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Wednesday, July 11, 2007

It was the Epoxy, in the Boardroom, with the Candlestick....

This photo of the usually unflappable Gov. Romney is from a year ago today, after inspecting the damage from the catastrophic collapse in the I-90 tunnel. A friend of Porcupine’s sent it with the caption, “Don’t make me angry, Mr. Amorello. You wouldn’t like me when I’m angry.’

It appears that Romney had plenty to be mad about. The long awaited National Transportation Safety board report was released yesterday on the anniversary of the tunnel collapse which killed Milena Del Valle. The only blessing in the event was that it happened late at night, or literally hundreds would also have been killed, which is scant comfort for her family.

The new Secretary of Transportation, Bernard Cohen, talked about the report last night on Greater Boston. According to Secretary Cohen, a change was made in the type of epoxy used during a design shift sometime in 2003. Cost does not seem to have been a factor, as the quick set and long drying epoxies are similar in price, but a desire to hurry may have been a factor. Criminal charges are still being considered against the various engineers and firms involved by Atty. Gen. Coakley, so the Secretary was not as forthcoming as he may be in days to come.

Now for the weird part.

Porcupine had never read Mitt Romney’s book, ‘Turnaround’, because…well…he just isn’t that interested in the Olympic Games. His impression was that it was a tale of corruption crushed, etc., rah rah. However, he got a copy included when he bought the new Hugh Hewitt book about Romney on Amazon, and eventually, he read it. When Porcupine got to page 160, his jaw fell open.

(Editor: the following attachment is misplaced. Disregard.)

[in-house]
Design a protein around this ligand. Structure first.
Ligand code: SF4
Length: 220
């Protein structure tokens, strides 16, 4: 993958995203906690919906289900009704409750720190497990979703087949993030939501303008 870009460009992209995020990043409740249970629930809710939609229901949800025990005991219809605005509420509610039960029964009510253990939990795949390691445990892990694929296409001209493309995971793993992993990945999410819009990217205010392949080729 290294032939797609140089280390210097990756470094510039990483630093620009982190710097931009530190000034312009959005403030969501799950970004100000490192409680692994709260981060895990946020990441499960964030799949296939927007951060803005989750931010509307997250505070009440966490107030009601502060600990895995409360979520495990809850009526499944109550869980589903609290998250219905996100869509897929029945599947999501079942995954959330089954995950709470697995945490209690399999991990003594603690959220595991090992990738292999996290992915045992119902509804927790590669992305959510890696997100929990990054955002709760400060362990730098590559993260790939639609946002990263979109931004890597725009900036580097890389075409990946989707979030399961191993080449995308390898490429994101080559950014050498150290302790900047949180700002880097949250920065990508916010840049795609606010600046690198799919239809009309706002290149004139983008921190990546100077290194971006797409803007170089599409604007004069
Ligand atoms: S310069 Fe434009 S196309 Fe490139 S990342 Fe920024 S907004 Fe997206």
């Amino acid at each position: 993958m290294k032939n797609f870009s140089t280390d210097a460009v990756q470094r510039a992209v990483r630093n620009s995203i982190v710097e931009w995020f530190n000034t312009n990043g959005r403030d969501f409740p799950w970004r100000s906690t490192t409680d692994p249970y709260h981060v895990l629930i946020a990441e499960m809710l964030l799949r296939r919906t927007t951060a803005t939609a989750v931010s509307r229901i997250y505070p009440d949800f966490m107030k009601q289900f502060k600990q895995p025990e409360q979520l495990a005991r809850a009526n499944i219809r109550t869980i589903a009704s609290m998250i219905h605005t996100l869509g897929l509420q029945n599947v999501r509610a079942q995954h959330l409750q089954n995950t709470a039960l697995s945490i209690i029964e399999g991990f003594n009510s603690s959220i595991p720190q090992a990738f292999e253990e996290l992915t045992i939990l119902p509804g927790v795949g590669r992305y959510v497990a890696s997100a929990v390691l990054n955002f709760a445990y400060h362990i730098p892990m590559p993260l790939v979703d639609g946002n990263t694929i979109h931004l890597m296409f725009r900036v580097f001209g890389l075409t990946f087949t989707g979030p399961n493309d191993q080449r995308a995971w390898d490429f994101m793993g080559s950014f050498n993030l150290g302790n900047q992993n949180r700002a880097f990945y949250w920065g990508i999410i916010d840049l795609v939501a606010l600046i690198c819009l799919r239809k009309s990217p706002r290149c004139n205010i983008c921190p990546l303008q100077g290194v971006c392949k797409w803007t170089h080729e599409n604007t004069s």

Romney writes about the single biggest disaster that befell the Olympics other than the bribery scandal – the enormous dome built for the ice skating events had its ceiling collapse. It was made of…cement panels held in place with the wrong epoxy. He talks about the Herculean effort to get the dome rebuilt in time for the games, and notes that it was a blessing that it happened at night, or the practicing competitors would have been killed. The entire event is just an eerie coincidence.

Porcupine remembers that Mitt Romney first tried to take control of the Mass. Turnpike Authority in 2003 – and the Legislature struck it out of the budget. Every year, Romney tried to get information and control over the tunnels, but he was fought off by Matt Amorello, a Swift appointee who had his own grudges against Romney and who certainly wasn’t going to cede information or control to him. It even went so far that Romney asked the Supreme Judicial court for a ruling as to how he could compel Amorello to turn over finances and specs – after all, Jordan Levy and Christy Mihos had just been successful in a lawsuit when then-Gov. Jane Swift tried to fire them. The SJC replied that there was no emergency situation to justify such a compulsion of an independent authority, and that in the ‘fullness of time’ Romney would be able to appoint his own representatives as terms expired, and perhaps THEN he could get the information he wanted. Even that became dicey, as the 2006 budget contained a clause – inserted by Amorello’s good friend Sen. Diane Wilkerson – that would have so packed the board that Romney still wouldn’t have been able to get control.

Of course, then the tunnel collapsed. Quickly, Romney was handed control on a silver platter by the Legislature, after it was too late.

At the time, Porcupine thought as others did – that Romney was after the grotesque fiscal improprieties of the Turnpike Authority, and indeed, probably he was. But as he wrote, “I learned a great deal very quickly from the best engineers in the world about this type of construction, and what was needed for it to be safe.”

Imagine if the arrogant, partisan, corrupt and uninvolved Massachusetts Legislature had granted Romney the access he requested (which they are giving now to Cohen, now that a Democrat’s in charge and all those toll-taker jobs will be safe). The money and waste would still have happened – but a family might have had its mother as well.

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